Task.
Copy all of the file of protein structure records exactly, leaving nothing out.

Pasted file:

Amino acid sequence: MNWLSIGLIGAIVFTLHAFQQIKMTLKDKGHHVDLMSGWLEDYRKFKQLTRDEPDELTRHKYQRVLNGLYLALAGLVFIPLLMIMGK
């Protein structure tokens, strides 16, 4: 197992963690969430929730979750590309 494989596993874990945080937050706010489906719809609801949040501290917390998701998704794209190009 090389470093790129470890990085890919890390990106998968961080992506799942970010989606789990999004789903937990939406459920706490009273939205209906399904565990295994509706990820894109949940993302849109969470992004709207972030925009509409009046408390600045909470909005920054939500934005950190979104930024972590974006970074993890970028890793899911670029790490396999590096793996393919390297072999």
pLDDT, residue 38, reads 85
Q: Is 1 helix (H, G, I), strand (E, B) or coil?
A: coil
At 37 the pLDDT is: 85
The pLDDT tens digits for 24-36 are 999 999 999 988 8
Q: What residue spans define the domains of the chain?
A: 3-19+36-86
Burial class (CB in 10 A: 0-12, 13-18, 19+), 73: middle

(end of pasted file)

Amino acid sequence: MNWLSIGLIGAIVFTLHAFQQIKMTLKDKGHHVDLMSGWLEDYRKFKQLTRDEPDELTRHKYQRVLNGLYLALAGLVFIPLLMIMGK
């Protein structure tokens, strides 16, 4: 197992963690969430929730979750590309 494989596993874990945080937050706010489906719809609801949040501290917390998701998704794209190009 090389470093790129470890990085890919890390990106998968961080992506799942970010989606789990999004789903937990939406459920706490009273939205209906399904565990295994509706990820894109949940993302849109969470992004709207972030925009509409009046408390600045909470909005920054939500934005950190979104930024972590974006970074993890970028890793899911670029790490396999590096793996393919390297072999």
pLDDT, residue 38, reads 85
Q: Is 1 helix (H, G, I), strand (E, B) or coil?
A: coil
At 37 the pLDDT is: 85
The pLDDT tens digits for 24-36 are 999 999 999 988 8
Q: What residue spans define the domains of the chain?
A: 3-19+36-86
Burial class (CB in 10 A: 0-12, 13-18, 19+), 73: middle